Let me start off by saying that I had no idea how much I’d be affected by my adventures in beekeeping, all because I dared myself to earn this badge. I can’t remember the last time I dove into a new subject with such curiosity, and even though the month is up, I have a feeling it’s only the beginning.
I started my ‘beesearch’ as it were (har har) by heading to my local juice store. I knew they sold bee pollen and royal jelly in their smoothies and on their shelves, and thought I might start there, but the owner wasn’t around and he had all the answers about those items. The guy at the register did, however, ask if I’d seen the ‘Vanishing of the Bees‘ documentary, and lo and behold, I had found my starting point. I went home and started watching it right away (thanks, Netflix) while searching the internet for beekeeping groups in LA.
The documentary horrified and educated me on the state of bees in America, and their rapidly declining population. Terms like Colony Collapse Disorder were introduced into my life, and everyone from farmers and families to the general public were talking about it and upset, as they should be. My mind started getting carried away with thoughts of a post-apocalyptic Soylent Green-esque world when I realized how much we depend on bees for our produce and how, if this problem continues, we’ll have to start importing 90% or more of our fruits and vegetables from other countries. We already import bees from other places like Australia to pollinate our own crops because our bees are disappearing. I was stunned. I had no idea this was happening, and all of my like-minded friends who I’m sure think we’re at least trying to be aware of what’s happening in the world seemed more puzzled or scared as to why I would pick beekeeping of all badges, because, let’s face it: Bees have a bad rap. They get confused with yellowjackets, wasps and hornets, which as far as I’ve read, are just jerks that look similar to bees. In fact, in the city of Los Angeles, if bees are found on your property, they are required to be removed or exterminated. Some folks are trying to change this.
Already, I was shocked at what I’d learned.
After looking at a few different classes and groups, I stumbled upon this LA Weekly article about a very colorful couple, Rob and Chelsea MacFarland who are part of the Backwards Beekepers, a group of organic, treatment-free beekeeper and rescuers, and who also founded HoneyLove.org. As luck would have it, National Honey Bee Day was on the horizon and they were in charge of it. I packed up a bag with the library books I’d checked out from HoneyLove’s GoodReads list, armed with my newfound knowledge and horror from the documentary, as well as a million questions, and boarded the 720 bus to Santa Monica. That was quite a trek from DTLA to Santa Monica, but it gave me more time to study.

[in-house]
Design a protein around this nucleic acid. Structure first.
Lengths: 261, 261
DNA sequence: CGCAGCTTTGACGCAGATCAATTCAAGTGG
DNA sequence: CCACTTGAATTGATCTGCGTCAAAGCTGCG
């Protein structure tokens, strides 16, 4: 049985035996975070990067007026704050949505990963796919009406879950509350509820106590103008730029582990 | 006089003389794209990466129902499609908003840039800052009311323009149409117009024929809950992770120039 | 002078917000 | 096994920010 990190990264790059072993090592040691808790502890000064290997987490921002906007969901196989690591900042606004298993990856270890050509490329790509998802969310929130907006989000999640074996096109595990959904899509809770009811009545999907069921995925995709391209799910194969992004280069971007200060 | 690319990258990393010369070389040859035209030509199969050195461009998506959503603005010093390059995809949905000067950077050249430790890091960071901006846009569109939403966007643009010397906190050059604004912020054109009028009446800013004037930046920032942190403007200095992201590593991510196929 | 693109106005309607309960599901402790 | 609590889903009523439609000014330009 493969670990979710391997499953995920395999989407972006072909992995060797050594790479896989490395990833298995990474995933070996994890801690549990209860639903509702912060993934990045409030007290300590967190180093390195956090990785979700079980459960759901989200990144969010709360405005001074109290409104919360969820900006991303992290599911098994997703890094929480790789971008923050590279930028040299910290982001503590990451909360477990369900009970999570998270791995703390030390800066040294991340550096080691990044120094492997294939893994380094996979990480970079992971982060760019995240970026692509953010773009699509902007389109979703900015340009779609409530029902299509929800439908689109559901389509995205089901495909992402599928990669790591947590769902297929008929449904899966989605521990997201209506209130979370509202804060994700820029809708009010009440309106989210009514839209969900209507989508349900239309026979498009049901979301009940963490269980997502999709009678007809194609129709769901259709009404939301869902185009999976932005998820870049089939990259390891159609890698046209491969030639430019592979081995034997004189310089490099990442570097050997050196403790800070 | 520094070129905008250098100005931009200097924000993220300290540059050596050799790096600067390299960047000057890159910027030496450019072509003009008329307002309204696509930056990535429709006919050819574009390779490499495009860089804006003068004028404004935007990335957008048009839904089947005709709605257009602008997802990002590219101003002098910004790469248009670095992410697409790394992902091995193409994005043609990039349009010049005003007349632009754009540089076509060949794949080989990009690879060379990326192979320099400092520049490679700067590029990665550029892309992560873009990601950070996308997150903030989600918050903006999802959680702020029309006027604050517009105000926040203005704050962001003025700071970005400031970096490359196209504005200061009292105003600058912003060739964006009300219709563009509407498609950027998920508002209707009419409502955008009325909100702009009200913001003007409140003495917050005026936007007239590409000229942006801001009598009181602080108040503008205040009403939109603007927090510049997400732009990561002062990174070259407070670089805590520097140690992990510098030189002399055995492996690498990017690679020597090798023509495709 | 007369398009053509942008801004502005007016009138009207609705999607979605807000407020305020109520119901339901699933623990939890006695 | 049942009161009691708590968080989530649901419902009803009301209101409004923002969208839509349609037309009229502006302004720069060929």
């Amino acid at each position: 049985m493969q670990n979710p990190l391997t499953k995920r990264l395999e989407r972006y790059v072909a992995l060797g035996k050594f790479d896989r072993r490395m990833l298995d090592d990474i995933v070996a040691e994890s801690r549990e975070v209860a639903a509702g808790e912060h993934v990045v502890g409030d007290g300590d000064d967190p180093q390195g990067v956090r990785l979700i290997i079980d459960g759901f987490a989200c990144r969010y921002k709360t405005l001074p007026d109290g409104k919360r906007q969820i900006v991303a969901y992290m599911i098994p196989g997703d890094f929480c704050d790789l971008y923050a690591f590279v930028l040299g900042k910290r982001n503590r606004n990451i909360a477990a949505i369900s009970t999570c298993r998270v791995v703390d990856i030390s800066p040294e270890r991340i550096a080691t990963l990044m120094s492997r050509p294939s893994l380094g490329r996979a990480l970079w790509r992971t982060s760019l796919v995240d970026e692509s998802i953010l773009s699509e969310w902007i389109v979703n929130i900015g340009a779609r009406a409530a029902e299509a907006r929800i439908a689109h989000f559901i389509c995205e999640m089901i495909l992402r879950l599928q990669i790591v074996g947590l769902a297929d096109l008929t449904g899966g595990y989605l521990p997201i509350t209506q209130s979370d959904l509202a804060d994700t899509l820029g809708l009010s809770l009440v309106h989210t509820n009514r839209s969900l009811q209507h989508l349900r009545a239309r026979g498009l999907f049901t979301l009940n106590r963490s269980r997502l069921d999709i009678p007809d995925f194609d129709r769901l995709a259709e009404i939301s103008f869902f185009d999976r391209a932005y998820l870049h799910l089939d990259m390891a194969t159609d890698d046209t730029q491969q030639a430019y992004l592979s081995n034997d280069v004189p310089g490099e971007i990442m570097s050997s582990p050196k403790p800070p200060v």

When I got to LUSH, where National Honey Bee Day was being held, it was a party indeed. The LUSH employees were dressed up in bee costumes putting products on everyone and buzzing around, Chelsea was in a bee costume, Rob was in his beekeeping suit, HoneyLove Director Ashley was putting temporary bee tattoos on everyone at the Tattoo Station, and Ceebs, called the HoneyLove Factotum, was outside greeting people with a little bee headband on, and she was soon to be my divine leader into the catacombs of ‘bee church,’ as she calls it.
After surveying the scene and being greeted by a number of friendly folks, I honed in on Ceebs and started asking her a million questions. Here’s what I initially learned that was fascinating to me:
- Honeybees are not native to North America. They were introduced in the 1600s for honey production, mostly from Italy, Germany and later Africa (and all of these bees have different temperaments, ranging from the more gentle Italian bees to the more ‘defensive’ African bees, which are taking over the US and have more resistance to mites and other honeybee killers). Now bees join horses and pigeons in my ‘what? these weren’t here to begin with?’ Hall of Fame.
- Honeybees are 90-95% female. The drones (males) spend their entire lives eating (gorging) on honey and lazing around the hive like a bunch of unhelpful dolts (from what I gather), until it’s time for them to fulfill their sole purpose in life – to mate with the queen the one day in her life that she does this. Upon mating their ‘parts’ shall I say, break off in the queen, and they die. What a life eh?
- If a hive thinks their queen is ‘underperforming’ in any way, for example, not laying enough eggs, they do something called ‘balling the queen,’ or ‘cuddle death,’ where they huddle so close to her that she overheats and expires. Before they do this though, they lay 4-5 bigger cells for new queens to be hatched, feed the cells royal jelly, which is given to all bees the first 3 days of life, then only for to-be queens afterwards, and the new queens duke it out until there is a new Queen Bee Supreme.
Pretty interesting stuff, right? This whole universe is happening under our very noses and most people don’t even know about it!
To bee continued…